Office Lessons from Africa
Highly efficient use of technology from Lagos to Nairobi reveals a less-is-more aesthetic.
Africa contains some of the poorest parts of the world. But that only makes some of the continent’s e-commerce accomplishments all the more impressive—and worth studying by business owners everywhere.
African office workers and other entrepreneurs have managed to take relatively simple mobile-phone technologies and use them to build remarkably robust commercial systems.
The typical skilled tradesman in a big city like Lagos or Nairobi is likely to have an Internet presence as useful as any in a major metropolitan area in Europe or the United States.
The difference is that business owners in Africa don’t have complex Web pages, but rely instead on a highly evolved system of text messages. The graphics might not be as fancy, but the job gets done just the same.
“It’s all very straightforward. It’s just ‘Click here if you want to make an appointment,’ ” says Craig Holmes, a client director for IBM’s Middle East and African operations. “The systems they have developed have simplified commerce in a very basic way.”
Others working with African mobile business owners say those entrepreneurs’ innovations should be closely heeded by companies trying to do business there.
In the United States or many European nations, “simple channels are often too quickly thrown away for ‘the next big thing.’ In Africa, it’s in the unsexy technology spaces that you find most of the successful entrepreneurs,” says Erik Hersman, cofounder of Ushahidi, the mobile crisis and event-mapping platform and a developer of iHub, an organization that brings together mobile entrepreneurs and investors in Nairobi.
Whereas cellular service is well established in populous regions of Africa, Wi-Fi in homes, offices, or coffee shops is rarely found, even in big cities.
“I find it interesting how quickly people in the West write off SMS,” Hersman adds. “Sure, it’s much more expensive per byte than its data counterpart, but it’s what people have, and use, on a daily basis in Africa. We very well might see SMS services decline over the next two to three years, but if you’re building a service in Africa, ignore SMS at your peril.”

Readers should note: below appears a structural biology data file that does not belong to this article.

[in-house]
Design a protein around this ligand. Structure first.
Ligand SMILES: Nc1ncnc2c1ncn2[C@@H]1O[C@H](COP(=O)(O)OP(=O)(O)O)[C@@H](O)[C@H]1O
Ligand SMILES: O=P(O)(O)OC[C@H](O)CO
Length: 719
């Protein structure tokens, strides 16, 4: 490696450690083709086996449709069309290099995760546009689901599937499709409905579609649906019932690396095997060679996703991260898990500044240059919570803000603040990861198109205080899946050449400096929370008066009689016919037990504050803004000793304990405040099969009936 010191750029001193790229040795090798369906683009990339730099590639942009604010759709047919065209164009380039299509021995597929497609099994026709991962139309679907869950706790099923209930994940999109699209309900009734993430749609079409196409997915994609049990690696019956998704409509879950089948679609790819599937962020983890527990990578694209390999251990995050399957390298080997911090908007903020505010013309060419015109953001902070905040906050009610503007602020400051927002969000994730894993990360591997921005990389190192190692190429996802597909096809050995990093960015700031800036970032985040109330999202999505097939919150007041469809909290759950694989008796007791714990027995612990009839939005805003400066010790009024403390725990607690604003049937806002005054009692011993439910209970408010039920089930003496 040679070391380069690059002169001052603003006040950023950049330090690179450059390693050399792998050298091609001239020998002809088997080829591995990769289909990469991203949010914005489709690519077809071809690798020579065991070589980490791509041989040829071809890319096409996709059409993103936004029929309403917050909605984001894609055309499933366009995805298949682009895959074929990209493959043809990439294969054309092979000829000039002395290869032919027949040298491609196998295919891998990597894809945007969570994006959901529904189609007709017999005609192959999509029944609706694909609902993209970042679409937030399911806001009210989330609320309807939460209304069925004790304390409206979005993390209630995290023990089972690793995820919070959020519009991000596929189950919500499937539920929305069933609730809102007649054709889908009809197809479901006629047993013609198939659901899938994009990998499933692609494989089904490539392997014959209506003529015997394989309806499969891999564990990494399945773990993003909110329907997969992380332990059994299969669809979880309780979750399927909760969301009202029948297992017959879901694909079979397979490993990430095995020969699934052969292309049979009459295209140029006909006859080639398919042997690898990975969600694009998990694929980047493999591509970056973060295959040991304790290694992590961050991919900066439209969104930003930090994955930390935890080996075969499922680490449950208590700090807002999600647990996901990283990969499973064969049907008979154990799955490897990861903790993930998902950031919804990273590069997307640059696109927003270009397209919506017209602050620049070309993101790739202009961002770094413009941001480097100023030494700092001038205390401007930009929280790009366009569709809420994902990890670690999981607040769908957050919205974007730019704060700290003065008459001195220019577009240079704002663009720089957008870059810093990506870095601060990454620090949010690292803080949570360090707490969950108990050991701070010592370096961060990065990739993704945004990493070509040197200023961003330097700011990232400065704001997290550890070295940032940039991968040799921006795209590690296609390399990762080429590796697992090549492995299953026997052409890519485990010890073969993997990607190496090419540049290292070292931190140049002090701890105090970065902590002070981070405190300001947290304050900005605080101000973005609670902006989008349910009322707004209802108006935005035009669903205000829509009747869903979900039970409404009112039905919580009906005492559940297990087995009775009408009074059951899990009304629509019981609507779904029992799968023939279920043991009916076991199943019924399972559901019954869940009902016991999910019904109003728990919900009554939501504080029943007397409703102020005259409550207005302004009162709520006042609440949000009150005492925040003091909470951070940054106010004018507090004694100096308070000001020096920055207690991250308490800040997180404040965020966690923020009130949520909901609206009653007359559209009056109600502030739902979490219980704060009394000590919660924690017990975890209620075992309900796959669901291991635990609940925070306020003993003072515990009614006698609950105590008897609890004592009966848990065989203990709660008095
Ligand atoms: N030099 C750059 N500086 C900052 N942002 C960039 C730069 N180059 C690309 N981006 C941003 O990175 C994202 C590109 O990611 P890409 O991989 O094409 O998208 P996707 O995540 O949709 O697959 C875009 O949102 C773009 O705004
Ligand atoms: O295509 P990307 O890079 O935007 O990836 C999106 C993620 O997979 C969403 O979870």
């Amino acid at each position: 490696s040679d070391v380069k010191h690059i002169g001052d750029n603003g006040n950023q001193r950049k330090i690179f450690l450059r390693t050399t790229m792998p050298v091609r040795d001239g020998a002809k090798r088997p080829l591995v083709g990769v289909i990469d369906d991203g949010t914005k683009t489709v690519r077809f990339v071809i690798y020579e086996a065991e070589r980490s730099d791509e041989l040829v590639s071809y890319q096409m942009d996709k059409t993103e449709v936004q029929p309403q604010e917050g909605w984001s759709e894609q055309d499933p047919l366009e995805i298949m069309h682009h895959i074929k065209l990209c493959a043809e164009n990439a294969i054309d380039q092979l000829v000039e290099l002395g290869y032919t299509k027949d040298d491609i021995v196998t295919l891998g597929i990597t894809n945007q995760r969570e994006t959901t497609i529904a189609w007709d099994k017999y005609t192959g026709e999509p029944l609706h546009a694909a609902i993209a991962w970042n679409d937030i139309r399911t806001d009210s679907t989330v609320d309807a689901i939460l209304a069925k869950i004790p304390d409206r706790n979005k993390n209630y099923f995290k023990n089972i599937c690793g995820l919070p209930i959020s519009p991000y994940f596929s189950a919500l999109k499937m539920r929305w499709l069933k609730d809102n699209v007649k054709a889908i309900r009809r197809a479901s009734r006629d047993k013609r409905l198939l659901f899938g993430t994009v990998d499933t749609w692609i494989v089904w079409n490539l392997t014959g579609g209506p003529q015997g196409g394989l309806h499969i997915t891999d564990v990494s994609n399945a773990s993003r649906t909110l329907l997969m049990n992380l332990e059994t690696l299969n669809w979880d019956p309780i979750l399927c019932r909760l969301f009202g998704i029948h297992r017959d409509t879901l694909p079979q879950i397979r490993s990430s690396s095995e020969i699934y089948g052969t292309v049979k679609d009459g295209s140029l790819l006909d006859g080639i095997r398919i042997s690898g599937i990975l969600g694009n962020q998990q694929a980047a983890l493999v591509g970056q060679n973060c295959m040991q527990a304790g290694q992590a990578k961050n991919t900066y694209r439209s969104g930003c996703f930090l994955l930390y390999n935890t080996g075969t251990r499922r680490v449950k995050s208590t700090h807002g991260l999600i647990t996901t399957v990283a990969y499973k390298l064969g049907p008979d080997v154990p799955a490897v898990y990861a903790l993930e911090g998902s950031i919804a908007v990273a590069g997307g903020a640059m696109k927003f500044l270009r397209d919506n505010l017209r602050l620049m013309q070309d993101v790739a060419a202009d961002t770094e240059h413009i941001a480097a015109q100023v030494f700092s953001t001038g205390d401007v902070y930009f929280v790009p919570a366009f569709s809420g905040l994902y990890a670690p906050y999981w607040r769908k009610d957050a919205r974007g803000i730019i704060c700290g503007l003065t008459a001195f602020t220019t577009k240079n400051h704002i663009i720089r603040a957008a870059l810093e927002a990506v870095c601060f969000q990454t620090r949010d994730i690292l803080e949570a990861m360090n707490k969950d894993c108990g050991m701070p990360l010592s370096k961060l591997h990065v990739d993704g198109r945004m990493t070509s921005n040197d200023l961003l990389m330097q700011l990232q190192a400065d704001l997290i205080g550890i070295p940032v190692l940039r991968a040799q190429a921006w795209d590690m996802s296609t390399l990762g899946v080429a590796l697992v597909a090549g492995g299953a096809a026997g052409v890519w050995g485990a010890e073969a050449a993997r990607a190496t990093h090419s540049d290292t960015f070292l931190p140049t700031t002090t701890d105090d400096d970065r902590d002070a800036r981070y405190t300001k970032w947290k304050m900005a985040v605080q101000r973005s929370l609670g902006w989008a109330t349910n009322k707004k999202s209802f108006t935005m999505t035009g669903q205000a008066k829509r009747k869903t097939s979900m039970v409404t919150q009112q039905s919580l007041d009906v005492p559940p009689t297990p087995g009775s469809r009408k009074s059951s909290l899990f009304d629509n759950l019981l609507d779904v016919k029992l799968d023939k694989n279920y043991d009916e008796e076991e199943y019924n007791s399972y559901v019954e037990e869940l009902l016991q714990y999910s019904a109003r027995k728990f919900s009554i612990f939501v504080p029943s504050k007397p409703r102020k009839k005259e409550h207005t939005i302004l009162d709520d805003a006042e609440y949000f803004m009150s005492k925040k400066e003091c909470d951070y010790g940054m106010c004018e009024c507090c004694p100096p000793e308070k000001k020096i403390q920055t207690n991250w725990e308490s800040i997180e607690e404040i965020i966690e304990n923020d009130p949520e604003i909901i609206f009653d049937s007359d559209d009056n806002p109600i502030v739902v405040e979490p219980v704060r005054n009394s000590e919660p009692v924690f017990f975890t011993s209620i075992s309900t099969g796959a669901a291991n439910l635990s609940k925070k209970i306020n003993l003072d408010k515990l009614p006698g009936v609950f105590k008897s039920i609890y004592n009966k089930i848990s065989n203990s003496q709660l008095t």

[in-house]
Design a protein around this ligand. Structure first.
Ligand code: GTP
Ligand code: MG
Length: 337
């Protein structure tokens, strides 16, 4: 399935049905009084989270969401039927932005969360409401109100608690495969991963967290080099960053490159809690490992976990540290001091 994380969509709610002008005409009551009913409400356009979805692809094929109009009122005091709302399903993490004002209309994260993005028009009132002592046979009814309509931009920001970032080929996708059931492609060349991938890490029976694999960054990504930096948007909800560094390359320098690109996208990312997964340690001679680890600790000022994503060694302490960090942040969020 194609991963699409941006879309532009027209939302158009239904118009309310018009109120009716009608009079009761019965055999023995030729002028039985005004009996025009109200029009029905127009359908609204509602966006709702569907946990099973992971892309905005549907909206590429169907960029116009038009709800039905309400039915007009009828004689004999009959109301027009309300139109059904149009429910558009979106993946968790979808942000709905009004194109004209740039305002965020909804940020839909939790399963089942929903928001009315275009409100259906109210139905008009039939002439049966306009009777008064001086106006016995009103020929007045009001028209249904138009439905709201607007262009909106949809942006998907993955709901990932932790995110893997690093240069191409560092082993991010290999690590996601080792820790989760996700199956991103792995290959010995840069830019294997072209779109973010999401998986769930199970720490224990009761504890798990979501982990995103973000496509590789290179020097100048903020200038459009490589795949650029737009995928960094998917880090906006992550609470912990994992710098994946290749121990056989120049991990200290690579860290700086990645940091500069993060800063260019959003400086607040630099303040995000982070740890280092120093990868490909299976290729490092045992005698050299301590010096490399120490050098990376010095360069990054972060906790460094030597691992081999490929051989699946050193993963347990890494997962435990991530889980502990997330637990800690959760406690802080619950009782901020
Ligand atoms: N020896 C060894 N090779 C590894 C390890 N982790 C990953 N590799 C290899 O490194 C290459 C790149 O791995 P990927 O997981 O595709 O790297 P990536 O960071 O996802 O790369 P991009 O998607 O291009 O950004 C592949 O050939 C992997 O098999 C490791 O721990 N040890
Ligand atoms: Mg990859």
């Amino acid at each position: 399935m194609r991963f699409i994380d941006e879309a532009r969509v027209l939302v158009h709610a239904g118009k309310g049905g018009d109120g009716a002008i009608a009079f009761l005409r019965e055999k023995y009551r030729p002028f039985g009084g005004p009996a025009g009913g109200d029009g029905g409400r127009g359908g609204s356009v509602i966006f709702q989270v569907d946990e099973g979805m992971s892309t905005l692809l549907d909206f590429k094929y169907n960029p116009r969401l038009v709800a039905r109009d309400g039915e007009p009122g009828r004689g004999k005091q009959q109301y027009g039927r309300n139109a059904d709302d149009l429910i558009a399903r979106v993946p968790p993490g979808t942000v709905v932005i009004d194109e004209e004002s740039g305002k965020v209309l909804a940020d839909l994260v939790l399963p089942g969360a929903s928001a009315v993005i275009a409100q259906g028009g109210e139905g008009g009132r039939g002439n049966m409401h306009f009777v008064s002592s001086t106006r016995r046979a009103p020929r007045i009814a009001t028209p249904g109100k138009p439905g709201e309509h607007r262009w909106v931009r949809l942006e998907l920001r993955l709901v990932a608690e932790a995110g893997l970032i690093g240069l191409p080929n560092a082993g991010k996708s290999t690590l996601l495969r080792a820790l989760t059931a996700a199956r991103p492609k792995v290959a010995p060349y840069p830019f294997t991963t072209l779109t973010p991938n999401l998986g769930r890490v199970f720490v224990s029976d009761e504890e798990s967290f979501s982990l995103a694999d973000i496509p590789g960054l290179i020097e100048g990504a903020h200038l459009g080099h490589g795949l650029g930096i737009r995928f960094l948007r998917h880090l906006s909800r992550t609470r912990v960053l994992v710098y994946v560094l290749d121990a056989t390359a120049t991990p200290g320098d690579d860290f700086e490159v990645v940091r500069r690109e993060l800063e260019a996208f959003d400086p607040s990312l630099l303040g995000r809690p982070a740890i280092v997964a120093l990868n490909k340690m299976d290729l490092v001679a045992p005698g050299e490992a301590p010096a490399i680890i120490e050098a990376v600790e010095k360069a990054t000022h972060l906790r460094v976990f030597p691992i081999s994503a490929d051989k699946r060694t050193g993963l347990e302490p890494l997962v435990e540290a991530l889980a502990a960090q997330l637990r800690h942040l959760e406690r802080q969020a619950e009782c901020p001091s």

Mobile apps that use simple technologies to solve everyday problems—like making payments—usually do very well, Hersman said. This is particularly true in Kenya, where more than 14 million people use a service called M-Pesa to make transactions using mobile phones.
Holmes, who is based in Johannesburg, South Africa, is helping provide back-end services for Bharti Airtel, the Indian mobile operator that, along with several other big multinational carriers, is jostling for a position in the booming African mobile-phone market.
The job gives Holmes a perspective on how mobile commerce is evolving in Africa, where a less-is-more engineering aesthetic can be found everywhere. For example, farmers and fisherman use SMS to check on market prices in different villages.
And in Tanzania, IBM engineers designed a pharmaceutical supply-chain management system entirely using text messaging. The system keeps track of drug inventory levels in rural clinics, and allows health-care planners to get medicine into the field when it’s needed, with less opportunity for pilferage or other losses.
Since low-end mobile phones are quite inexpensive, many Africans have two or three of them, each powered by a different carrier. They’ll reach for the one with the cheapest service for whatever call they happen to be making, be it local, mobile, or long-distance.
Another variation on that theme involves phones that contain two or three of the Subscriber Identity Module chips that link a handset with a mobile service operator. These “multi-SIM” phones allow users to switch carriers without having to own more than one phone.
While low-end handsets make up most of the African market today, “smart phones,” especially those using the Android operating system, are growing in popularity, especially with the recent introduction of lower-cost models like the Ideos, from the Chinese maker Huawei, which was recently selling in Kenya for $80.
Nigeria already has smart-phone adoption rates closing in on 20 percent, and the figure is expected to reach 50 percent in a few years, Holmes says. This guarantees that more sophisticated mobile commercial applications will appear alongside the widespread SMS-based systems.
Other parts of the African telecommunications scene are also impressive, such as the widespread use of mobile phones for simple person-to-person money transfers, something that has yet to take off in the United States.
“Some people seem to think that Africa doesn’t want to innovate, but all I have seen is a great spirit and a tremendous desire to experiment and build an ecosystem that will benefit everyone,” Holmes says. “Africa has very specific characteristics, and one of the most important is a passion to get things done with what they have in hand.”